Knight Center
Knight Center

Topic “Latin America”

Latin America lacks legislation protecting online freedom of expression, book says


"Toward a Censorship-Free Internet ("Hacia una internet libre de censura" in Spanish) is an online book available via free download that analyzes legislation in Latin America addressing freedom of expression and Internet censorship. Read more »


Spanish- and Portuguese-speaking journalists to discuss digital journalism at 5th Ibero-American Colloquium

Journalists, media executives, and scholars from Spain, Portugal and various countries throughout the Americas will gather Sunday, April 22, for the Fifth Ibero-American Colloquium on Digital Journalism, organized by the Knight Center for Journalism in the Americas. Read more »


Debate on drug legalization hits mainstream press in newspapers throughout the Americas

With Mexico and Central America suffering record levels of violence -- mostly due to escalated drug trafficking -- Guatemalan President Otto Perez Molina intends to raise the controversial issue of drug legalization at the Sixth Summit of the Americas, to be held in Cartagena, Colombia, April 14-15. As an analysis by three former presidents from Brazil, Colombia, and Mexico noted, 40 years of concentrated drug-fighting efforts have done nothing to reduce ever-increasing drug production and use, making it time for the region to take a new approach, according to an article published in news outlets throughout the region, including The Huffington Post. Read more »


Spanish-speaking journalists from the Americas can apply now for course on the Inter-American Human Rights System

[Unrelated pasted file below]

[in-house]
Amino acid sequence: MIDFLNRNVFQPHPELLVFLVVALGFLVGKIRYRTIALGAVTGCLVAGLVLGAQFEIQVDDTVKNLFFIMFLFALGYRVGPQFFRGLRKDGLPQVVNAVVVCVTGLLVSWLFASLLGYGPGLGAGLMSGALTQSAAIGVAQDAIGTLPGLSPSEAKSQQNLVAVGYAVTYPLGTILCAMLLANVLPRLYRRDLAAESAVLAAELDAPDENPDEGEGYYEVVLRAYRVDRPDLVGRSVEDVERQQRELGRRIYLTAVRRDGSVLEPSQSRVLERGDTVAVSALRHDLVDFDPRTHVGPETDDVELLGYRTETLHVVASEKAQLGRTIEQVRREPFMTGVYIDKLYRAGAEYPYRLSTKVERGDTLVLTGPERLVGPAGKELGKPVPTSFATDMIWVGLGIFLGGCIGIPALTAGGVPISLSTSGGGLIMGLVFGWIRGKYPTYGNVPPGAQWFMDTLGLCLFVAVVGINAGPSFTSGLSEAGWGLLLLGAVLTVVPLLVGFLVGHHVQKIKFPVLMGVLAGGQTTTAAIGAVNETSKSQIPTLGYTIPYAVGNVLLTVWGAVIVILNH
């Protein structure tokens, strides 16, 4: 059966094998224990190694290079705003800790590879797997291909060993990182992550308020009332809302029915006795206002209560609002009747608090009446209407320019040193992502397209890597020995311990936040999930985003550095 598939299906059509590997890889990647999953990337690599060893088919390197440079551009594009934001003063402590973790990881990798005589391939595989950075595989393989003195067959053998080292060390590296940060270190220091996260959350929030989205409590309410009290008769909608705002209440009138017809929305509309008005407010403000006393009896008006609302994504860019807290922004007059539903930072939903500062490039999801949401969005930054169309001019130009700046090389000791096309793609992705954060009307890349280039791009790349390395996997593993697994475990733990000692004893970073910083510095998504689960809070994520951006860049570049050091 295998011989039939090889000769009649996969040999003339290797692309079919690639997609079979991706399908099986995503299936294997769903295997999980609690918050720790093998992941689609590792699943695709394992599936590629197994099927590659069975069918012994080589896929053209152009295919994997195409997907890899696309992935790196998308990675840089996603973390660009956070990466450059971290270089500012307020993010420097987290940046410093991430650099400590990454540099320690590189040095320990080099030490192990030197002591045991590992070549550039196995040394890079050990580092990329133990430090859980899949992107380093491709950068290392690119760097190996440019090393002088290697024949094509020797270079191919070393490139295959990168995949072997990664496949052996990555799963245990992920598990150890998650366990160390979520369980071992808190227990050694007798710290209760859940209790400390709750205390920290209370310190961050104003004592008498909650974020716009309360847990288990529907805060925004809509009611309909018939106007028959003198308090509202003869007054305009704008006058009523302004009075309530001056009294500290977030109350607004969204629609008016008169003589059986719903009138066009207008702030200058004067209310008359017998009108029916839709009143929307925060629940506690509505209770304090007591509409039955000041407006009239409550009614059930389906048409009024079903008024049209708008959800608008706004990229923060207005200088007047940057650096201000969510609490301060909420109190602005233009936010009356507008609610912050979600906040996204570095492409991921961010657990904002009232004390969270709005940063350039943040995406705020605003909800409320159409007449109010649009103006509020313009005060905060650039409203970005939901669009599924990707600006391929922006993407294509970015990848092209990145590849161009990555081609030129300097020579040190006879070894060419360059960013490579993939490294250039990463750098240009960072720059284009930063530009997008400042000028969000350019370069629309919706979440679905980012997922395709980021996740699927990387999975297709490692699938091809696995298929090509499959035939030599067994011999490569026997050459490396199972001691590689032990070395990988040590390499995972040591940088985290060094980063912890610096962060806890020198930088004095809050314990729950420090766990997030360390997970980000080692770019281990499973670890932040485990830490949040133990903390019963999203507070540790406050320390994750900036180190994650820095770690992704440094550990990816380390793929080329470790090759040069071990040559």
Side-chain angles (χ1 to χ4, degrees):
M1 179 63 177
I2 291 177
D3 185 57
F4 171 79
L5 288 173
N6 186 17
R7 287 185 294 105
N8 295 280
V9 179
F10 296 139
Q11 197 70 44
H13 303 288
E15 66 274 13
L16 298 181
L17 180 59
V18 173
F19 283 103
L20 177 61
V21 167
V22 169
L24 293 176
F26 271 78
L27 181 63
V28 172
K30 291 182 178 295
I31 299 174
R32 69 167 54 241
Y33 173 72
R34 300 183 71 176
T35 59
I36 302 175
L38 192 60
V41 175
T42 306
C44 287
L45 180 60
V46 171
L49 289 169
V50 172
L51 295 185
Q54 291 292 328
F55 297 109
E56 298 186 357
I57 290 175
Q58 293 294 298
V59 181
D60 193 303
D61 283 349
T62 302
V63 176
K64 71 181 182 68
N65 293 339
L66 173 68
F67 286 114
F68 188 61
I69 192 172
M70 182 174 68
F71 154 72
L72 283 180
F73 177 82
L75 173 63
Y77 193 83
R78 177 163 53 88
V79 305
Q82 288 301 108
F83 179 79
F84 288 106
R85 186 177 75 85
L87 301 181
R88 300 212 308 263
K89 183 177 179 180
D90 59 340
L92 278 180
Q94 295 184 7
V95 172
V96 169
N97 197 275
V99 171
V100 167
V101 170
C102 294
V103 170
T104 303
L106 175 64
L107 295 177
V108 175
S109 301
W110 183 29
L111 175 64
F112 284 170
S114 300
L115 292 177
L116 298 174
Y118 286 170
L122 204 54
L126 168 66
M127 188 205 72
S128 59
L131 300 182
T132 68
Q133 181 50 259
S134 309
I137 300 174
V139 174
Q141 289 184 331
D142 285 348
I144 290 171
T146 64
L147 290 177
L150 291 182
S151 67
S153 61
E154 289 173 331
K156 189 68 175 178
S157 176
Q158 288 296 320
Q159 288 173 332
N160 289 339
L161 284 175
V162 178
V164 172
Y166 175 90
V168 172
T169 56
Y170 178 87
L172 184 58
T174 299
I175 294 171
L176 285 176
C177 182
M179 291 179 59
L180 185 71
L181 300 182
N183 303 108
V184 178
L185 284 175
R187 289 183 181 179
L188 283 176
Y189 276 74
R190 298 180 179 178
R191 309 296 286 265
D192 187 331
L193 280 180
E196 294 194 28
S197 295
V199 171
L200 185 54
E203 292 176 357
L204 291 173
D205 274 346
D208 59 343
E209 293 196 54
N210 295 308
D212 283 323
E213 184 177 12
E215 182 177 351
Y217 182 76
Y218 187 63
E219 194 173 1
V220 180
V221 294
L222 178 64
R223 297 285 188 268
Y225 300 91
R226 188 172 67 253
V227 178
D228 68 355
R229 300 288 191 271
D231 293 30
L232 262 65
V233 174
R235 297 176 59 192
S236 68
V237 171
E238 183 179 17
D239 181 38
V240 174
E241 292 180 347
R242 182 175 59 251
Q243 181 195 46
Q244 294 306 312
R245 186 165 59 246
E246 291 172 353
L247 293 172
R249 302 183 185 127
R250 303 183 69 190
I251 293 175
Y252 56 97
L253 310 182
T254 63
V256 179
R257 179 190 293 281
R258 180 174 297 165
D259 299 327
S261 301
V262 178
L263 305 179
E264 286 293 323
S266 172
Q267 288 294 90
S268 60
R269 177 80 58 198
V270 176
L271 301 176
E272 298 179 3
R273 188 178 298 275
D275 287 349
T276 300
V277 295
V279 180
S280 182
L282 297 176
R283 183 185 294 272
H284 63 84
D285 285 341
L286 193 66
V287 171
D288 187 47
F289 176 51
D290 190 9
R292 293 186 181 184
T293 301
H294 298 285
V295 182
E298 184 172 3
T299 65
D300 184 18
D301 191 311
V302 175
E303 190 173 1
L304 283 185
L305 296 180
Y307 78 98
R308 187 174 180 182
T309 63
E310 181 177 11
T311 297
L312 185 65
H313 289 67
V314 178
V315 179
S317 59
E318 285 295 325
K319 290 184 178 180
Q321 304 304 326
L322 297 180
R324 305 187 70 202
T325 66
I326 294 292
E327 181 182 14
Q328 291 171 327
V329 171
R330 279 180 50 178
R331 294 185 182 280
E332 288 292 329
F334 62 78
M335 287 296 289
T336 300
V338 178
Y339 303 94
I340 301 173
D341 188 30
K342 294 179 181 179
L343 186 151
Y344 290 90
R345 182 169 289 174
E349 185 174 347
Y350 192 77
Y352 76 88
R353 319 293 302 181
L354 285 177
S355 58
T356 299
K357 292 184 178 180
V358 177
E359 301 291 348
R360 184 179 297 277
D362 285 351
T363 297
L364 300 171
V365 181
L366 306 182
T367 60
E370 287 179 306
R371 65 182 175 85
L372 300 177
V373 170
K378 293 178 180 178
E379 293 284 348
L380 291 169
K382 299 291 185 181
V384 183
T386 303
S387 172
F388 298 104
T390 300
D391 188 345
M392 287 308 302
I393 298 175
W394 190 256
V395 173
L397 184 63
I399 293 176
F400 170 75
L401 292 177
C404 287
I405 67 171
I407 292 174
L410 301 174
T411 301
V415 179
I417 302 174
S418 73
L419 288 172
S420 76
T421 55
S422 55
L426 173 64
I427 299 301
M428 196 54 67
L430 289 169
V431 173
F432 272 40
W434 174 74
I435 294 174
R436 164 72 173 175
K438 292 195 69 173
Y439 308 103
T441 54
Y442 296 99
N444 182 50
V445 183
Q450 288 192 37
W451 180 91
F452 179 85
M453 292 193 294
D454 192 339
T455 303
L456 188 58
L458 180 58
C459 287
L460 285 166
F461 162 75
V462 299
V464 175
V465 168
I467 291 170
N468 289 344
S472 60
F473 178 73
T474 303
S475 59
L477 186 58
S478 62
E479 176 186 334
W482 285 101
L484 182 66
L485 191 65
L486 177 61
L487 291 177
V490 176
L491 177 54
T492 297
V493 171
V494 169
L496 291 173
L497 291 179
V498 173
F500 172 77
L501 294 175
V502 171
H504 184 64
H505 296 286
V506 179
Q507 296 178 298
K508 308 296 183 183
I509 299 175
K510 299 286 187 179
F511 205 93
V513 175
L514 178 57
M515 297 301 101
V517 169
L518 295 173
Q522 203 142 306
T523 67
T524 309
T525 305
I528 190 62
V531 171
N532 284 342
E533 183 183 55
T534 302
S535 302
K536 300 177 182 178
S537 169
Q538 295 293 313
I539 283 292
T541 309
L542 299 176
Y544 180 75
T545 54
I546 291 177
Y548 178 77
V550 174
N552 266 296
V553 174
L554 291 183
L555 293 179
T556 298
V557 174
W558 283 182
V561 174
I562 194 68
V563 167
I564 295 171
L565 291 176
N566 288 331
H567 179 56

Journalists from countries in the Americas have until April 16 to apply for a course from the Inter-American Commission on Human Rights, to be held May 10-11 in Washington, D.C. The course, offered in Spanish, is aimed at helping journalists who cover human rights to better understand the Inter-American Human Rights System. Read more »


Top bird: Mexico's El Universal is the most followed newspaper on Twitter in Latin America

With more than one million followers, the Mexican newspaper El Universal has more Twitter followers than any other newspaper from among the top 100 dailies in Latin America, according to a website that ranks newspapers' popularity. Read more »


Ten Latin American newspapers publish column that provoked lawsuit from Ecuadorian president


After the Colombian Association of Newspaper Editors and Media (Andiarios) decided to run the opinion column that prompted the libel lawsuit by Ecuadorian President Rafael Correa, newspapers all over Latin America decided to follow suit on Thursday, Feb. 23, reported the Ecuadorian newspaper El Universo, the daily being sued by Correa. Read more »


Journalists worldwide contending with violence, censorship and impunity, says annual CPJ report

Around the world, at least 46 journalists were killed for their work in 2011, and another 35 deaths are being investigated to determine whether they were journalism related, according to the Committee to Protect Journalists' (CPJ) annual report documenting attacks on the press, reported the news agency AFP. Read more »


"Crackdowns" on journalists, violence lead to drop in global press freedom rankings for Chile, Brazil, and U.S.

Brazil, Chile and the United States tumbled dramatically in the 2011-2012 Press Freedom Index that Reporters Without Borders released Wednesday, Jan. 25. Brazil dropped 41 places to no. 99, Chile plummeted 47 places to no. 80, and the United States fell 27 spots to no. 47. Read more »


Citizens' reports: A guide to crowdsourcing websites in Latin America

From elections in Brazil to mapping power in Chile to a stand-in for Wikipedia in the United States, journalists throughout the Americas are using crowdsourcing to cover the news. The Americas Society/Council of the Americas (AS/COA) noted that crowdsourcing, or turning to a large group of citizens to perform a task that normally would be done by an individual, has "become a popular method for citizen participation" that allows "users to report crimes anonymously...due in part to violence against witnesses and journalists." Read more »


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